survaillance camera

That eerie feeling may be technocreep

People’s intimacy with technology is beginning to turn unsettling

It seems safe to say that most people are rightfully frightened by the implications of widespread and comprehensive state surveillance, especially when confronted with the implications to democracy and privacy.

Many of us will pooh-pooh the danger, citing the let-them-I-have-nothing-to-hide meme, which, though unflatteringly likely in many cases, is counterintuitive to our sense of boundaries. We feel creeped-out.

No one doubts the need for national security, or having in place technologies that can help law enforcement catch bad guys and bring them to justice. But where does one draw the line between security needs and the right to privacy? One sensible test that may quickly highlight the conundrum and provide a possible ethical solution is technologist Thomas P. Keenan’s Anne Frank test. How comfortable would one feel if the Nazis had had the presently available technology to see someone through walls with an iPhone app? Clearly, this points up the importance of who’s in charge and what their motives are.

Still, obvious cases like that aside, it’s not always clear what the full dimensions of being creeped out are. Sexual creepiness seems to be the one most common and easiest to identify – the dark allure or sexual magnetism some people give off that can make one feel suddenly vulnerable, like Little Red Riding Hood suspecting a wolf. And sometimes that sexual creepiness can seem to climb to a whole new level when it is public and seemingly normalized, as in the case of Japanese vending machines that dispense used schoolgirl panties.

Creepiness is not the same as fear, although it certainly may invoke it. Rather creepiness can generate a kind of existential mini-crisis of identity, what Freud called Das Unheimlich (The Uncanny), a kind of archaic irruption of the weird in a personal way, such as, say, “when non-human things exhibit human-like behavior,” says Keenan. And certainly, the more we continue to uncover about the mechanics of human being, the more such kinds of creepiness will prevail.

In his new book Technocreep, Keenan goes into great detail covering the many varieties of creepiness related to our growing and unsettling intimacy with technology. He says his “book is about the unseen ways in which technology is already changing our lives.” He provides countless startling examples from areas ranging from sensor creep to biological creep to intelligence creep to bolster his thesis that humans are quickly reaching a point –the so-called Singularity – wherein humans and machines will no longer function side-by-side but merge finally, with unknown consequences for our species.

His basic premise here is, to simplify, that computing power has grown so exponentially that no one human can any longer understand its processes and that in the near-future the only way to keep up with machines is by partially merging with them – i.e., voluntarily cyborging ourselves.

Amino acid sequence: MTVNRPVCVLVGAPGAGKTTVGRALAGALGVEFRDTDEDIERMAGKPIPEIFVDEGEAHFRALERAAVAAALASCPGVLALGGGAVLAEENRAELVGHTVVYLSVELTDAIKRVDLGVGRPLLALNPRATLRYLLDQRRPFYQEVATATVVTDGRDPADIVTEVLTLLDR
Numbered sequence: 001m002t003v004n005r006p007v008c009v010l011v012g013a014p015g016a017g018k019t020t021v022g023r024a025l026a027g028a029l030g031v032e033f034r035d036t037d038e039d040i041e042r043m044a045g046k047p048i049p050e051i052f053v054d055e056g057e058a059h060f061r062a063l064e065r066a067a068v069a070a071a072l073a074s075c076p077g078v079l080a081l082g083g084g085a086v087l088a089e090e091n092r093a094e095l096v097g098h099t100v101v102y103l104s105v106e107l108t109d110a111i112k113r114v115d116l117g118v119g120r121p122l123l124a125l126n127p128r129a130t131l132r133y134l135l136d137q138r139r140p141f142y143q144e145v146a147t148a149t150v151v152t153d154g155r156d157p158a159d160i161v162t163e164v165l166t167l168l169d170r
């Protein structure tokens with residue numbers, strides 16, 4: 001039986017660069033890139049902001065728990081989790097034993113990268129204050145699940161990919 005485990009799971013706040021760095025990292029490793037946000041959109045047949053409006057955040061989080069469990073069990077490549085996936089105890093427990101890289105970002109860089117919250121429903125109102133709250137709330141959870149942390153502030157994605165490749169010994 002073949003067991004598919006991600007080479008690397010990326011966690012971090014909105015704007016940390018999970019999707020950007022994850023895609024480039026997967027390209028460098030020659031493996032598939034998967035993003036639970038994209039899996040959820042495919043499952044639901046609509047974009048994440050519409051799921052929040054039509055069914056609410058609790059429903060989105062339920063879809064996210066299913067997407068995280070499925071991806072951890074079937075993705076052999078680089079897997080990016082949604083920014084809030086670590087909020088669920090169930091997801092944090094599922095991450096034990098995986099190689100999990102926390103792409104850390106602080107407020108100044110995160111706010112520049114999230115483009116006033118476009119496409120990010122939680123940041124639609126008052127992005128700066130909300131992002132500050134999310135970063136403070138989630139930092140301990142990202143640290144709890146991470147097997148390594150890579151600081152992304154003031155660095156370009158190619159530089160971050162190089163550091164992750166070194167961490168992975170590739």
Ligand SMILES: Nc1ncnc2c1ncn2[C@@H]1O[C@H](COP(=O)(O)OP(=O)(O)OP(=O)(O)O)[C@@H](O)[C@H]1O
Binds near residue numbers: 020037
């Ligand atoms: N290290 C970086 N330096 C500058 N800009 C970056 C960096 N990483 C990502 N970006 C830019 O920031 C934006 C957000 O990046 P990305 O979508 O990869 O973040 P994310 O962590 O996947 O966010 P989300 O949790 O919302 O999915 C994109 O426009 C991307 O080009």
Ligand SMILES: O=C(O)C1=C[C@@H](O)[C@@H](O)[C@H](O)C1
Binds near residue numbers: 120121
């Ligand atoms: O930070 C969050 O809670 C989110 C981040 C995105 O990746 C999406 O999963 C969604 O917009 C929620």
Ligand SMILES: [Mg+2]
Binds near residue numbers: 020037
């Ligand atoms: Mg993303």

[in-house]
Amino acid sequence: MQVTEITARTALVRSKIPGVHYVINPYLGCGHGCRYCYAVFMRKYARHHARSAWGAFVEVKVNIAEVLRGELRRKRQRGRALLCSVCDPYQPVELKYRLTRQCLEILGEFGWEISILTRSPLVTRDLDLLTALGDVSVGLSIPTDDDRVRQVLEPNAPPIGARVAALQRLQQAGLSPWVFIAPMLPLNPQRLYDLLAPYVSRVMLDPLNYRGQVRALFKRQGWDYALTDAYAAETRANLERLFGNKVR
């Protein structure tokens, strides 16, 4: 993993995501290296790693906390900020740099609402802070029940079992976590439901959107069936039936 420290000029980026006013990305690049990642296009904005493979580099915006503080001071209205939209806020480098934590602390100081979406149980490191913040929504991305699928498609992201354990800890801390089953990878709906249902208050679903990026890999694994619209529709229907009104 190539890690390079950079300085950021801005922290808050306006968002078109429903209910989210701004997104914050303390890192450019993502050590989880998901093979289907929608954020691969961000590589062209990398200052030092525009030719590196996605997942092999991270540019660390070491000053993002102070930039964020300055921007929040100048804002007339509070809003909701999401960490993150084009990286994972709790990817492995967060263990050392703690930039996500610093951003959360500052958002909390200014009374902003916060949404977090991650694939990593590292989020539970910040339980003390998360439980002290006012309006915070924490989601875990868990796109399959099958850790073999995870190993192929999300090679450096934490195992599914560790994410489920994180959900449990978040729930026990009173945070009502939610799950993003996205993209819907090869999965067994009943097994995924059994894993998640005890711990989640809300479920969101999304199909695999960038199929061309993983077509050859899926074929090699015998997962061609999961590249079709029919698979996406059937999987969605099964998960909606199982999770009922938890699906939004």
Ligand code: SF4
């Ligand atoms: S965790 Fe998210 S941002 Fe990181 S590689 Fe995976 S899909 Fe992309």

Interestingly enough, not everyone is unhappy about the significance of a human-machine merging. One group I receive newsletters from, the Buddhist Geeks, see technology as a way of getting past the limitations and destructiveness of often-anarchic human desire. For them, such a merge would betoken the rise of the Nietzschean Űbermensch, which would kind of be like leaving behind our analog limited thinking skills for a new digital consciousness.

But then again not everyone has regarded such digital nirvana as the savior of humankind. Reminiscent of Keenan’s explorations and findings is French sociologist and theologian Jacques Ellul’s seminal work, The Technological Society (1954), which is already describing how the tools and techniques of the technological have gone from being an important means to an end (i.e., the betterment of the human condition through the gradual development of civilization) to becoming an end in themselves, and in the process the dialectical activity which has defined humanity and given it breadth and reason has been subsumed into the technological from which there is no escape.

In perhaps the single most-warped example of coming creepiness, Keenan cites contemporary French philosopher Rebecca Roche who sees a time when, say, a prisoner’s mind can be uploaded to a computer and their mental cycle manipulated.  By such means, she notes with only a touch of French jocularity, one could take the mind of a serial killer sentenced to 1,000 years and provide the equivalent experience of imprisonment in something like eight hours.

As Roche puts it, “the eight-and-a-half hour 1,000-year sentence could be followed by a few hours (or, from the point of view of the criminal, several hundred years) of treatment and rehabilitation.”  Keenan adds, rather less dryly, “So that vicious serial killer or hardened terrorist could be home in time for supper.”  Of course, if we can manipulate time to that extent, then time becomes virtually irrelevant to the human experience.

Perhaps the key question is whether we can stop it.  One might even ask if there is any great popular urge to stop it. And even if there were such an urge the energy required to reverse the inertia involved may be beyond our ken. We may be hurtling toward a brave new frontier of the human experience, wherein the age-old dialectic of subject-object is finally resolved, or toward what Elizabeth Kolbert describes in her new book, The Sixth Extinction, an end of the human species as unstoppable as the melting polar caps.

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